Google doodle celebrates Nigerian and Ghanaian Jollof Rice

Google doodle celebrates Nigerian and Ghanaian Jollof Rice
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Jollof rice, a traditional West African dish cooked with chopped tomatoes, onions, peppers, and local spices, is the subject of today’s Google Doodle. Google doodle celebrates Nigerian and Ghanaian Jollof Rice

Google revealed that Senegalese jazz musician Hervé Samb composed the soundtrack and Nigerian guest artist Haneefah Adam made the artwork.

Every year on this day, rice farmers sow their seeds, harvest a bumper crop, and cooks across West Africa get ready to create fresh jollof rice.

Jollof rice, sometimes referred to as benachin and thieboudienne, is a one-pot dish that was created by the Wolof tribe in the fourteenth century.

The Wolof Empire, which ruled over portions of present-day Senegal, The Gambia, and Mauritania, is credited for popularizing jollof throughout West Africa.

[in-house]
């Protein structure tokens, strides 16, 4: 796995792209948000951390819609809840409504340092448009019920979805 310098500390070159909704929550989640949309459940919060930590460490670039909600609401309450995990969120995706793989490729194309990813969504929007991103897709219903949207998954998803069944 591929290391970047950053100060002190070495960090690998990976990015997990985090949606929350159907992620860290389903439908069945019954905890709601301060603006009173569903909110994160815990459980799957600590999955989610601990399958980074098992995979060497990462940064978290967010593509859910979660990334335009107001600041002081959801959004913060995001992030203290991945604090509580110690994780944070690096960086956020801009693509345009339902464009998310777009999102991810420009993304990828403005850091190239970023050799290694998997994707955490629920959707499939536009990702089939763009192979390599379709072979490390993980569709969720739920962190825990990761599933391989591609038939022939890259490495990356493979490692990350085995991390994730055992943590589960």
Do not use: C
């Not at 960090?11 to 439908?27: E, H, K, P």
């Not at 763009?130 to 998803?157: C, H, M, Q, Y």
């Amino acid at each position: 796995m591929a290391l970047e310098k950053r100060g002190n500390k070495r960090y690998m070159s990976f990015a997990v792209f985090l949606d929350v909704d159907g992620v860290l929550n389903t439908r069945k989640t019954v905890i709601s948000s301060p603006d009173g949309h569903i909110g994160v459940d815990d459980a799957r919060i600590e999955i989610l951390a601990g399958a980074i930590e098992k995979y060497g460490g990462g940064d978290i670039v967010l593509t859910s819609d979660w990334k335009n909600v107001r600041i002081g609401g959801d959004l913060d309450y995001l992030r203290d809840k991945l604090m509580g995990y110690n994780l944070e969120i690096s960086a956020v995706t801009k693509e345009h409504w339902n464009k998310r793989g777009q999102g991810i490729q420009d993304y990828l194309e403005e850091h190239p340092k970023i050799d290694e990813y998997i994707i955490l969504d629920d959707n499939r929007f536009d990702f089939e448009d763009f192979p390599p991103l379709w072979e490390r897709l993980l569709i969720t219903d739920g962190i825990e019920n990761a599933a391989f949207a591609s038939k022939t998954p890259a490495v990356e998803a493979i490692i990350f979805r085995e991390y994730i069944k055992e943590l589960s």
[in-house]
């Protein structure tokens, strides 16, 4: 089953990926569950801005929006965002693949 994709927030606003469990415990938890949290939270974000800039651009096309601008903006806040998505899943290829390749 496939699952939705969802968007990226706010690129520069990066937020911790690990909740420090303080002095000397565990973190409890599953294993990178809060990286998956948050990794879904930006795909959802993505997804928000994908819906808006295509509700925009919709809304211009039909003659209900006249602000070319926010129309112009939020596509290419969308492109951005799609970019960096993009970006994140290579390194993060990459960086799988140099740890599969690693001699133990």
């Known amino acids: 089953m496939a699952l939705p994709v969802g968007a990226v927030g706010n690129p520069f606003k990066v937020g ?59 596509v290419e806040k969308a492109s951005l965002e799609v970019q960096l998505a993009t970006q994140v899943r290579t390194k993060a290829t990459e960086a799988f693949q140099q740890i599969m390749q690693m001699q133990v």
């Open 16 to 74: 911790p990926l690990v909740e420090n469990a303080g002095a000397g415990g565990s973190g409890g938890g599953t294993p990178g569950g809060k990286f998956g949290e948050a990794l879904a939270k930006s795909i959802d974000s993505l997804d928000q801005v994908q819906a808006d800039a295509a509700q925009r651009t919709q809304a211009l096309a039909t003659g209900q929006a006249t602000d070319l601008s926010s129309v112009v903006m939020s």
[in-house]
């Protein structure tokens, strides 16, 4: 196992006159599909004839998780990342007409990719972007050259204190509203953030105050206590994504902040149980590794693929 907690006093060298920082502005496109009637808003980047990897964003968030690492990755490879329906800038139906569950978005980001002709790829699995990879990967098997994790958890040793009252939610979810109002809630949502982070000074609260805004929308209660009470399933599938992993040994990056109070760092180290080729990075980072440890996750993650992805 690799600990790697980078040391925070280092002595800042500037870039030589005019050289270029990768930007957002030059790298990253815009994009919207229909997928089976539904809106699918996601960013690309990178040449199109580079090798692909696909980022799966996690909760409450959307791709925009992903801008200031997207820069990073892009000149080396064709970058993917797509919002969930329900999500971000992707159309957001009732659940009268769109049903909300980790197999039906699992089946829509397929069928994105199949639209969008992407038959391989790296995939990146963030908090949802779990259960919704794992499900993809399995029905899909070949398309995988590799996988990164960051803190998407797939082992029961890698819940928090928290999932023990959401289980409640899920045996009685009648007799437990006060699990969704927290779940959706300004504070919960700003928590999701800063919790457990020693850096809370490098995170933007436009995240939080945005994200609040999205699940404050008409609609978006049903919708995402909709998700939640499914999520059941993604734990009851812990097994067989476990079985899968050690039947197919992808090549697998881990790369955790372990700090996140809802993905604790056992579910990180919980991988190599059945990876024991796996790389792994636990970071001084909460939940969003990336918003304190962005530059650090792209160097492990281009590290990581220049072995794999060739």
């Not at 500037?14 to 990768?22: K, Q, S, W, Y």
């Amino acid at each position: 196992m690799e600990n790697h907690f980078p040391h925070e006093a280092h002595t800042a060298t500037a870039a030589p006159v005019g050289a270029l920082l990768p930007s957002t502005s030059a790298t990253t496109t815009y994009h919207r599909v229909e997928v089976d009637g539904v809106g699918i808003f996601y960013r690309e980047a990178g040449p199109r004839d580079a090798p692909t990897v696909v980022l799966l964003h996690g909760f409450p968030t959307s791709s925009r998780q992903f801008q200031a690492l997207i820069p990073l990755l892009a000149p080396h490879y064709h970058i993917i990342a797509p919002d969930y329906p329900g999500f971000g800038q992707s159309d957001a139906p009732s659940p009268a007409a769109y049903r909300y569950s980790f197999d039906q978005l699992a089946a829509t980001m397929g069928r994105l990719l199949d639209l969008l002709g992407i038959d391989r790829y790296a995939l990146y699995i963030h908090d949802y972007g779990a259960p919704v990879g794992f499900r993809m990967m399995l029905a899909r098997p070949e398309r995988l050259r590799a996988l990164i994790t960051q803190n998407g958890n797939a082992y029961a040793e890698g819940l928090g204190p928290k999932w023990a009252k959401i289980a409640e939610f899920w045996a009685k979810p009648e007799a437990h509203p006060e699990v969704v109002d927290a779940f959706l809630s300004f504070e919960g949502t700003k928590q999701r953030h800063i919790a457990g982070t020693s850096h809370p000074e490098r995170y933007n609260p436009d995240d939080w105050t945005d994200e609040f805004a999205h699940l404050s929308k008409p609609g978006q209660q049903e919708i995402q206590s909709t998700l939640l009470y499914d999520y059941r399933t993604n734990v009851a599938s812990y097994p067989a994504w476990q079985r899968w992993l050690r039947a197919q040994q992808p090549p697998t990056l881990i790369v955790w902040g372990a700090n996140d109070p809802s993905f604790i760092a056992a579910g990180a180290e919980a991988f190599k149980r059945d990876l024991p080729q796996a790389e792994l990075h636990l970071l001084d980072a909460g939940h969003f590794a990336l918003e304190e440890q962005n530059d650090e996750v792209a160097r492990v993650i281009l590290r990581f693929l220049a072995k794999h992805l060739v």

Although Africans still love jollof rice for breakfast and lunch in addition to dinner, they frequently replace the fish in the dish with other meats such chicken, beef, or goat.

Each nation has given the dish its unique twist, and West Africans joke about about who prepares the best jollof rice.

The “Jollof Wars,” as these amicable battles are known, have taken on a cultural significance unique to Africa.

Ghanaians and Nigerians compete fiercely to make the best jollof, and for valid reason.

The two types of cooking are very different from one another. For instance, Ghanaians prefer basmati rice with a more spicy flavor, whereas Nigerians prefer long-grain rice that absorbs more seasonings.

Who makes really good jollof in the end? Nobody can be certain. But you can try as many different kinds as you can to learn for sure!

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